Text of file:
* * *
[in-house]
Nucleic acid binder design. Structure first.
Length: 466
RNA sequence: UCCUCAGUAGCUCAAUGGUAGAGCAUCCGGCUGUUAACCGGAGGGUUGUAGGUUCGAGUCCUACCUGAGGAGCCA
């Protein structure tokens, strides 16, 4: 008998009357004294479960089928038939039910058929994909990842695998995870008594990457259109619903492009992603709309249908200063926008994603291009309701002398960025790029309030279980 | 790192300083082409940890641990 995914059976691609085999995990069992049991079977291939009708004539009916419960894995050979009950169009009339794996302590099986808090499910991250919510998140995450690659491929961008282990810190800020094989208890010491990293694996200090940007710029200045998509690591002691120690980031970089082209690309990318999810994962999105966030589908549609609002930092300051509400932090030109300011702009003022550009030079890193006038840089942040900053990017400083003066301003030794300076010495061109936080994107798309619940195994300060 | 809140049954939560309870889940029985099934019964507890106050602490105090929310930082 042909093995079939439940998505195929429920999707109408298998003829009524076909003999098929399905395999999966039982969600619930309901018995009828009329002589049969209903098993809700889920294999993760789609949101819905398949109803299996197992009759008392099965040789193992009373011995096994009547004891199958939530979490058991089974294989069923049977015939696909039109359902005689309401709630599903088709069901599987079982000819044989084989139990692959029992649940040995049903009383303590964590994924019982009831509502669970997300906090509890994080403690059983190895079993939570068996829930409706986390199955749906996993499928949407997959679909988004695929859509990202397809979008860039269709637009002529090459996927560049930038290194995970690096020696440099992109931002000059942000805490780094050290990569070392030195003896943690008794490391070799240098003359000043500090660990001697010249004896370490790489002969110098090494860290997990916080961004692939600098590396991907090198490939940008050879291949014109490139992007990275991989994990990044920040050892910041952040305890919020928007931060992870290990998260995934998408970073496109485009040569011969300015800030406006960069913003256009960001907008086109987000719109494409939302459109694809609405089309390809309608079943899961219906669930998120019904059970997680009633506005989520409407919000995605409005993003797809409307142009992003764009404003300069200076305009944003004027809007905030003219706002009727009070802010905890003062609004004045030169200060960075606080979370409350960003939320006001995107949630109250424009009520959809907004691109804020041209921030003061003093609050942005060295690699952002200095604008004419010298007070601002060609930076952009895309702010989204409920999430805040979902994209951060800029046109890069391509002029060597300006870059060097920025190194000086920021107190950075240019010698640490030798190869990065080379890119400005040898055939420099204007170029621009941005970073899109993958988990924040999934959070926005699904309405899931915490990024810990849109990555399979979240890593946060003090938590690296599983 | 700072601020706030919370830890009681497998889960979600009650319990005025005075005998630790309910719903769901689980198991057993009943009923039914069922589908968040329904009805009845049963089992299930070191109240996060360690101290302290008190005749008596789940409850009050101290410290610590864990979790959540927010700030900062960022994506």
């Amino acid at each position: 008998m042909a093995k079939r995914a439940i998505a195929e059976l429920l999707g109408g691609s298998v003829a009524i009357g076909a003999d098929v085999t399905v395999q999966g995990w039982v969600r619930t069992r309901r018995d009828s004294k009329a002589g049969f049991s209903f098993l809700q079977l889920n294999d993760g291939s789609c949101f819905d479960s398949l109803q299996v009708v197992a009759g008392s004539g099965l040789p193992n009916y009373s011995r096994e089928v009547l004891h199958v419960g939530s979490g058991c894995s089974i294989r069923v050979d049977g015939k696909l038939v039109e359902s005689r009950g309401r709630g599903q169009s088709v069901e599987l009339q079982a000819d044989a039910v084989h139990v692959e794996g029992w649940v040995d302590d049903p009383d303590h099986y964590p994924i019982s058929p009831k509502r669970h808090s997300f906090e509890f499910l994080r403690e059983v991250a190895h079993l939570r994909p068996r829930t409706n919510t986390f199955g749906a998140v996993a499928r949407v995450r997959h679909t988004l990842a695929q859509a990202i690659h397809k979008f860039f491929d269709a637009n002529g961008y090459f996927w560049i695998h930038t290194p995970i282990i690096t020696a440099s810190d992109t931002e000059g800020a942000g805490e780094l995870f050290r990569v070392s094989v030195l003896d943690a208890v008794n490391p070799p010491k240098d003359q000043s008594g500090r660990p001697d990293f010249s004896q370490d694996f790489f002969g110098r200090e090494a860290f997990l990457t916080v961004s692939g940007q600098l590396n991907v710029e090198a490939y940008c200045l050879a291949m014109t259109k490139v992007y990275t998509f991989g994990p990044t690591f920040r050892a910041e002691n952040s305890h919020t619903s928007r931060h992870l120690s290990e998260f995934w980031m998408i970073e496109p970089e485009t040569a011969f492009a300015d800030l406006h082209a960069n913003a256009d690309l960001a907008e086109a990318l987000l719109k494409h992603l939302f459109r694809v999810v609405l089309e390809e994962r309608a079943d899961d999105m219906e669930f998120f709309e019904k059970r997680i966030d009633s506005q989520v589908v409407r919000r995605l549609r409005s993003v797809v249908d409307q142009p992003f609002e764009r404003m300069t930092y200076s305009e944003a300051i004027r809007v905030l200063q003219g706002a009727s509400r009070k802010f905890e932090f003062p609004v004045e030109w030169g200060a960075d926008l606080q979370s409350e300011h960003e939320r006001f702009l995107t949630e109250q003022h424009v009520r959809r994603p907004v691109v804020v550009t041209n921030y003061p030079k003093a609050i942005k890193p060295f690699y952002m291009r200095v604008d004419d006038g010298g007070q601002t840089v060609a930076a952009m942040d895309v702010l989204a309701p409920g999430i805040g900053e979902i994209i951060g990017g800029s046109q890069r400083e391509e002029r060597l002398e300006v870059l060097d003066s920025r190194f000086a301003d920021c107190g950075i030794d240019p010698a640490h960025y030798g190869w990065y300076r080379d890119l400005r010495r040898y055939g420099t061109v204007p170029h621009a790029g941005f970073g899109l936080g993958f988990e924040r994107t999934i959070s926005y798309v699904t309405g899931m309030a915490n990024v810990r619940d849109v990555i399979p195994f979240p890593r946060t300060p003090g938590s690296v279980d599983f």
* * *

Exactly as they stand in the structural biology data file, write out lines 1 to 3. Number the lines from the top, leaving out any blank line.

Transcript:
[in-house]
Nucleic acid binder design. Structure first.
Length: 466